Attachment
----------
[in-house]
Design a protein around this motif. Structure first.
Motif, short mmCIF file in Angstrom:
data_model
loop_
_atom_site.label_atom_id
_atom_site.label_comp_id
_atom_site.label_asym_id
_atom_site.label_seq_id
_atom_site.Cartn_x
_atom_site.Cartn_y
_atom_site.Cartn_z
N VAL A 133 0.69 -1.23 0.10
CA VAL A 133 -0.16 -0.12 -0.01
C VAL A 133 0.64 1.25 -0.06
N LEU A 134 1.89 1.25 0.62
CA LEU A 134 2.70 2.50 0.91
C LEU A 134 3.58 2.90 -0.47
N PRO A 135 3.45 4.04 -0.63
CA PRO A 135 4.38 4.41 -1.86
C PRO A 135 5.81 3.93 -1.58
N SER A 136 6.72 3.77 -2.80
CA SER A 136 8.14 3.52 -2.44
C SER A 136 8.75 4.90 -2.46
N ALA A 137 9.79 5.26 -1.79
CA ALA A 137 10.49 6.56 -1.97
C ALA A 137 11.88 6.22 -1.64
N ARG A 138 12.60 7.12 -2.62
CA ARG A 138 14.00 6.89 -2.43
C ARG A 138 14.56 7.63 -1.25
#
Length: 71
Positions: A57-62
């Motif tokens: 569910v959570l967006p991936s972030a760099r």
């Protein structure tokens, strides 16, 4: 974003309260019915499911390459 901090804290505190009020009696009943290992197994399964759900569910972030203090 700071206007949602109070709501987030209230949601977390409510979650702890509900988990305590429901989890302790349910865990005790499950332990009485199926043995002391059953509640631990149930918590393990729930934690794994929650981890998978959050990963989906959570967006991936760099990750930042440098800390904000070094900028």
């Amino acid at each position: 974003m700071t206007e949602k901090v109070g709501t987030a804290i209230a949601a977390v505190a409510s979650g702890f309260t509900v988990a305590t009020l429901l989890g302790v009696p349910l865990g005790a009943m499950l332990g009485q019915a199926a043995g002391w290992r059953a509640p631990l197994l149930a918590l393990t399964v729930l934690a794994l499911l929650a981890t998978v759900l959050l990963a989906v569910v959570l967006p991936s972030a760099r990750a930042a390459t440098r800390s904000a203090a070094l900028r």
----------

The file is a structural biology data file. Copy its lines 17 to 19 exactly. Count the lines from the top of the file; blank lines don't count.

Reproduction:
CA LEU A 134 2.70 2.50 0.91
C LEU A 134 3.58 2.90 -0.47
N PRO A 135 3.45 4.04 -0.63